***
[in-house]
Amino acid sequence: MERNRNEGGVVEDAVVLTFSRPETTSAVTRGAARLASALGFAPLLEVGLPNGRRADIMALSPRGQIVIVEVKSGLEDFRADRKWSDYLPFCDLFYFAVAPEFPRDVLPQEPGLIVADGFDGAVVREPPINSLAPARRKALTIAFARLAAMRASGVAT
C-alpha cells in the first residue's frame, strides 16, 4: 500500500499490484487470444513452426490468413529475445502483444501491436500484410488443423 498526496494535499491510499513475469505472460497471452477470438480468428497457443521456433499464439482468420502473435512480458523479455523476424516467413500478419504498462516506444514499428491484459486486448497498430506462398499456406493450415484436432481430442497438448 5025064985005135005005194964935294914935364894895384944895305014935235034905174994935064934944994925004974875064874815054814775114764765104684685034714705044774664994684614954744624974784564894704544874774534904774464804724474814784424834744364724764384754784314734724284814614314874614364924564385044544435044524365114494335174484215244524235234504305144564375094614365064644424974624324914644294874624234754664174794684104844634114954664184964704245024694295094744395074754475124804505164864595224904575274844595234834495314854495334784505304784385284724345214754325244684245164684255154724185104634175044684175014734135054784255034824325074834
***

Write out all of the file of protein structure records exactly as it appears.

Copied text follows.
[in-house]
Amino acid sequence: MERNRNEGGVVEDAVVLTFSRPETTSAVTRGAARLASALGFAPLLEVGLPNGRRADIMALSPRGQIVIVEVKSGLEDFRADRKWSDYLPFCDLFYFAVAPEFPRDVLPQEPGLIVADGFDGAVVREPPINSLAPARRKALTIAFARLAAMRASGVAT
C-alpha cells in the first residue's frame, strides 16, 4: 500500500499490484487470444513452426490468413529475445502483444501491436500484410488443423 498526496494535499491510499513475469505472460497471452477470438480468428497457443521456433499464439482468420502473435512480458523479455523476424516467413500478419504498462516506444514499428491484459486486448497498430506462398499456406493450415484436432481430442497438448 5025064985005135005005194964935294914935364894895384944895305014935235034905174994935064934944994925004974875064874815054814775114764765104684685034714705044774664994684614954744624974784564894704544874774534904774464804724474814784424834744364724764384754784314734724284814614314874614364924564385044544435044524365114494335174484215244524235234504305144564375094614365064644424974624324914644294874624234754664174794684104844634114954664184964704245024694295094744395074754475124804505164864595224904575274844595234834495314854495334784505304784385284724345214754325244684245164684255154724185104634175044684175014734135054784255034824325074834